Creating flashcards in the right way makes studying much easier

Flashcards, as I’m sure you know, are a really powerful way to review. They are the go-to method for many students. However, most people do them completely wrong!

There are a few simple things you can do to make flashcards much more effective and useful. There are also several common mistakes to avoid.

Flash cards are a powerful to help you memorize things such as vocabulary, mathematical formulas, history facts, and spelling. Here are some strategies to help you get the most from your flash cards.

Use flashcards in several different colors. Use each color as a cue to help something about the fact on that flash card. For example, if you are using the flash cards to memorize vocabulary words, use a different color for words that have different connotations. Positive words—such as benign, sagacious, and staunch—could go on green or blue 3 x 5 cards. Negative words—such as mendacious, stultify, and malevolent—might go on red or yellow 3 x 5 cards. Neutral words—like rebuttal, soporific, and nominal—could go on white or tan cards. The particular colors you use don’t really matter as long as you are consistent.

Illustrate and embellish the cards. Use different color markers. Draw pictures on the card or even cut them out of a magazine and paste them on the card. The more you work at making the card distinctive, the easier it will be to recall. Usually, you’ll want that distinctiveness on the back of the card, rather than the front. The front of the card should be in the same format, if possible, as how it will show up in a testing or recall situation. For example, I might put just the word stultify on the front of a vocabulary card, with no pictures or embellishments, since the embellishments will not show up on my test later. The back of the card—the side I’m trying to recall—can have pictures, colors, symbols, etc. Those are what will come to mind later when I see the word in a book or on an .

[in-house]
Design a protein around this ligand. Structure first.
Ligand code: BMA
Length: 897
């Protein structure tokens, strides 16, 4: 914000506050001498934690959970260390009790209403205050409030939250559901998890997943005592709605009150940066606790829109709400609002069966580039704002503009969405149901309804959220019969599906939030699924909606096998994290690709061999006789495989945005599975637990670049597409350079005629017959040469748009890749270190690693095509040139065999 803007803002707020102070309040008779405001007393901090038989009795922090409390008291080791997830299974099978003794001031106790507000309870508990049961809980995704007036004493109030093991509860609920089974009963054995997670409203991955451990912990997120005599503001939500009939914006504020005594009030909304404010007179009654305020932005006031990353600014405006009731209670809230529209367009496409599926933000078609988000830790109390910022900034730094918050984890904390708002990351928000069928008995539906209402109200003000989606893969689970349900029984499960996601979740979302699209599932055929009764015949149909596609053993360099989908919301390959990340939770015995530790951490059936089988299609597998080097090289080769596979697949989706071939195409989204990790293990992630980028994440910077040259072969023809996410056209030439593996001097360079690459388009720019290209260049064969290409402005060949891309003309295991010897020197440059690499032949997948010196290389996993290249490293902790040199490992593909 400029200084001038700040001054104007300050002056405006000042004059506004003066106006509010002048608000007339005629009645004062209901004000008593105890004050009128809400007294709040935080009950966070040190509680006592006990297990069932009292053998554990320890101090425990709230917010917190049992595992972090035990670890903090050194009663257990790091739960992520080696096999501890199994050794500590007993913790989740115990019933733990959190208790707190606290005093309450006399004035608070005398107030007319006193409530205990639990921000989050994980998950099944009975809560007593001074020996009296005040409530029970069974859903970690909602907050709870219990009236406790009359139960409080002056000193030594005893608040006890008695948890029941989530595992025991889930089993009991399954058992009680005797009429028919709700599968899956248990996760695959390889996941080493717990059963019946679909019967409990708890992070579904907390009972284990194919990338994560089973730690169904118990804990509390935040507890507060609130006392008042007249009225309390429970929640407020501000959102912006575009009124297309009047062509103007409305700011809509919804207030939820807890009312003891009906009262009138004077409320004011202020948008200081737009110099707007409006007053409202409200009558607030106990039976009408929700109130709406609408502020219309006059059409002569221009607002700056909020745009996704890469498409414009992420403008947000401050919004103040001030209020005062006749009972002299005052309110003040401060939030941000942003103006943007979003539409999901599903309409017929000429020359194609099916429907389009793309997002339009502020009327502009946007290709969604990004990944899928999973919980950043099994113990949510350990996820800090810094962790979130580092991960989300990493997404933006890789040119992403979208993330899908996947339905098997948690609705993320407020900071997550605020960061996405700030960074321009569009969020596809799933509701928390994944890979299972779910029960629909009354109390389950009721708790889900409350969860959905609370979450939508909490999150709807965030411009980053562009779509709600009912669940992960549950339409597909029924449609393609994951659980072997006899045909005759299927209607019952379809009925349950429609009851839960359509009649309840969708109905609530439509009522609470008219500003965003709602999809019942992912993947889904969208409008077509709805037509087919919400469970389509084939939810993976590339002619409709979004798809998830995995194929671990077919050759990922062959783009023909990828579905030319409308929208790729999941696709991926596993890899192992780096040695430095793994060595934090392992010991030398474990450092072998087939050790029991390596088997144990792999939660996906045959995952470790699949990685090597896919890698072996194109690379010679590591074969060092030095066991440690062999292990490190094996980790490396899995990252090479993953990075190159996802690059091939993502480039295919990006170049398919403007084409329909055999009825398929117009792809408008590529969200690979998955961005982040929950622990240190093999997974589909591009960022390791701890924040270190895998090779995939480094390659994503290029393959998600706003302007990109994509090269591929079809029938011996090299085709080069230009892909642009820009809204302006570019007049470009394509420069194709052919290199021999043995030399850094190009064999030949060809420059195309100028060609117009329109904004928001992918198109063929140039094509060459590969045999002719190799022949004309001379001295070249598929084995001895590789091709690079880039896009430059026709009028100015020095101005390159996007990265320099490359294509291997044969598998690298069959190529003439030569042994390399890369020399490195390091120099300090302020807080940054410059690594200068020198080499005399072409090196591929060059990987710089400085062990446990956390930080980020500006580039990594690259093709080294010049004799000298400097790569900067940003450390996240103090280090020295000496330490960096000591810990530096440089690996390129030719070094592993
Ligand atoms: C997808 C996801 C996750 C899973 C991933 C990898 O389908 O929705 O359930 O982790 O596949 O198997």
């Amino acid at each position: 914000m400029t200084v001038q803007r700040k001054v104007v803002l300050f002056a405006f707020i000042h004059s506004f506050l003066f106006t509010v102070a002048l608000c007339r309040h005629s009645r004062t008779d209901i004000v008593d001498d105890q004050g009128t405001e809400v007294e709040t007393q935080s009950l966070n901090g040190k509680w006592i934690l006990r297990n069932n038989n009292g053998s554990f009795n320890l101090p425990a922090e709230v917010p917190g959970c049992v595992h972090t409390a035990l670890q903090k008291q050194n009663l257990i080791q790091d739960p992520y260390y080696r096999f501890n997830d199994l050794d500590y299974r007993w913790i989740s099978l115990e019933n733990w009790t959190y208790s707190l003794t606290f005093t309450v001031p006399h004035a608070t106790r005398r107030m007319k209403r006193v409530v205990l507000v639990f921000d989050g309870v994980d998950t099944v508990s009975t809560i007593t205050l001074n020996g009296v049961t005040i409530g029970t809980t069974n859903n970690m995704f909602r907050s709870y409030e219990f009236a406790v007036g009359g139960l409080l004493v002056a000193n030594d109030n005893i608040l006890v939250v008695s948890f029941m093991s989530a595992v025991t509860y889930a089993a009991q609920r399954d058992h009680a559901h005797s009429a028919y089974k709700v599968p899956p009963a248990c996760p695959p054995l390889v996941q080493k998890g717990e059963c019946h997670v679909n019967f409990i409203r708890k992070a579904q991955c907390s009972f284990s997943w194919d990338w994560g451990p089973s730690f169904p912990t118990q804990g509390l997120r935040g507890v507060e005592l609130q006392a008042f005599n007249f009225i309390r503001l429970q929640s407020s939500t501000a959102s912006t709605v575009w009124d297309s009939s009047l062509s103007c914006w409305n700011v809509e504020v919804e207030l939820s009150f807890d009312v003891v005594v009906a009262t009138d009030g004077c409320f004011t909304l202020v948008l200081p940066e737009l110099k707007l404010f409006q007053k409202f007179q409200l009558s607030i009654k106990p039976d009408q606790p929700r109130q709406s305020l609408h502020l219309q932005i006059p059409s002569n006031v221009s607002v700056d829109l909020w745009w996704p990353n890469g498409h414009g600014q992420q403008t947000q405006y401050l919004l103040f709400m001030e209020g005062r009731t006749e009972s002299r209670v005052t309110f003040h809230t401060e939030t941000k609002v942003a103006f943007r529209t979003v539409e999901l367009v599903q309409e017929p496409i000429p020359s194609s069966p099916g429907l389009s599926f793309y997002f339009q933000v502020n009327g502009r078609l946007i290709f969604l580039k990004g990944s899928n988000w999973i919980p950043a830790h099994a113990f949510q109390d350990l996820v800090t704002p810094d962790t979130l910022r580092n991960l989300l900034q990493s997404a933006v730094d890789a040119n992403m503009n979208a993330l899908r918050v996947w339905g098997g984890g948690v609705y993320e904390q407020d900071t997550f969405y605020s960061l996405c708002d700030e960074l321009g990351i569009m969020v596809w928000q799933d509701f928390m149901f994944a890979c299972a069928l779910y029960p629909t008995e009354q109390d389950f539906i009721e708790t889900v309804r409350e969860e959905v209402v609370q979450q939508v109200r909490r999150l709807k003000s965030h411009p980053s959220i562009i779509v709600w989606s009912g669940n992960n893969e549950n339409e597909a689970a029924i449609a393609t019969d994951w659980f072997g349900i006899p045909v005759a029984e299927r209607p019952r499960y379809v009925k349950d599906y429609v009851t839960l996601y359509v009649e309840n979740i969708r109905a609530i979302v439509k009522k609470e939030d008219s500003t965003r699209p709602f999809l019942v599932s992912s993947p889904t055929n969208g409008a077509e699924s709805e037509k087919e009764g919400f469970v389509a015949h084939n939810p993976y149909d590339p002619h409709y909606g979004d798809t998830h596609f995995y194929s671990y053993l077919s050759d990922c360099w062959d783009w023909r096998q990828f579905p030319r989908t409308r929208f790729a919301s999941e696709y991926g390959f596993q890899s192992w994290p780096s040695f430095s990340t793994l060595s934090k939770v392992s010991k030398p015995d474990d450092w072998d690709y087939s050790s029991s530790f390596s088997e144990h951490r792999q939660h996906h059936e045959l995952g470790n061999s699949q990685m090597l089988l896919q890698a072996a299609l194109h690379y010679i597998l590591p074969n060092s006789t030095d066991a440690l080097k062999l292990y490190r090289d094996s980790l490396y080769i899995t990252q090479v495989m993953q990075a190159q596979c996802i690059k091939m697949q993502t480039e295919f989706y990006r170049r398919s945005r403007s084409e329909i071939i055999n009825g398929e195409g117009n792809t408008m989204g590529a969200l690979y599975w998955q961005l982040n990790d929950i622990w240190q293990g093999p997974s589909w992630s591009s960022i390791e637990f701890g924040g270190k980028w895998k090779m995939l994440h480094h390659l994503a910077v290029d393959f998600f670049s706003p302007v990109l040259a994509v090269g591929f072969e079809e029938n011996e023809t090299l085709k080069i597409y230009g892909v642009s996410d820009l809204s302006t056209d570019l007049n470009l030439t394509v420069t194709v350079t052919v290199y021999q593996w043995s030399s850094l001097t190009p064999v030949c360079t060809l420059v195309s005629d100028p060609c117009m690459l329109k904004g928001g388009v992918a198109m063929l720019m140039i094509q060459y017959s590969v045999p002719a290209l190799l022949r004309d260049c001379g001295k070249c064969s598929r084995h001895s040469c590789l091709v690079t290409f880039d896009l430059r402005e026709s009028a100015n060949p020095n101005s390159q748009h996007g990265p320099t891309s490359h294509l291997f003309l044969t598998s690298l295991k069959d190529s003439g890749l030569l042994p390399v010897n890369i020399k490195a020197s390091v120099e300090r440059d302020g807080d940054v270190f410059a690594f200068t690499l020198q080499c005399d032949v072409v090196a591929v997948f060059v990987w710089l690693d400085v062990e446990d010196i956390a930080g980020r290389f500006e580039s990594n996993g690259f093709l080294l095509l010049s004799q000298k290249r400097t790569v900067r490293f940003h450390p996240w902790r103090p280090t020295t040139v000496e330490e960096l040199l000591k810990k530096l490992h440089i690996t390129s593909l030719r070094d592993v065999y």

Carry the cards around with you and review them whenever you have a chance; at the stoplight, before class, in the line at the grocery store or the bank, on long trips, or walking across campus. Make reviewing the cards a daily habit just like brushing your teeth or taking a shower.

Don’t put too much on any one card. The biggest mistake people make is putting too much information on a single flash card. One card equals one fact.

Put the word to be learned on one side of the card and a short two or three word definition on the other side. On a history fact card, for example, you might have “George Washington” on the first side of the card and “first US president” on the other side. You should NOT have “George Washington,” on one side of the card and “first US president, from Virginia, general in revolutionary war,” on the second side of the card. There are three different facts there, so you’ll need three different cards.

Front of Card

Back of Card

George Washington Occupation

First US President

George Washington was from…

Virginia

George Washington Role

US General in Revolutionary War

Change the order of the cards frequently. If the cards always come in the same order, you will start to memorize the order of the answers. It will be much more difficult later to try and recall the facts in a different order.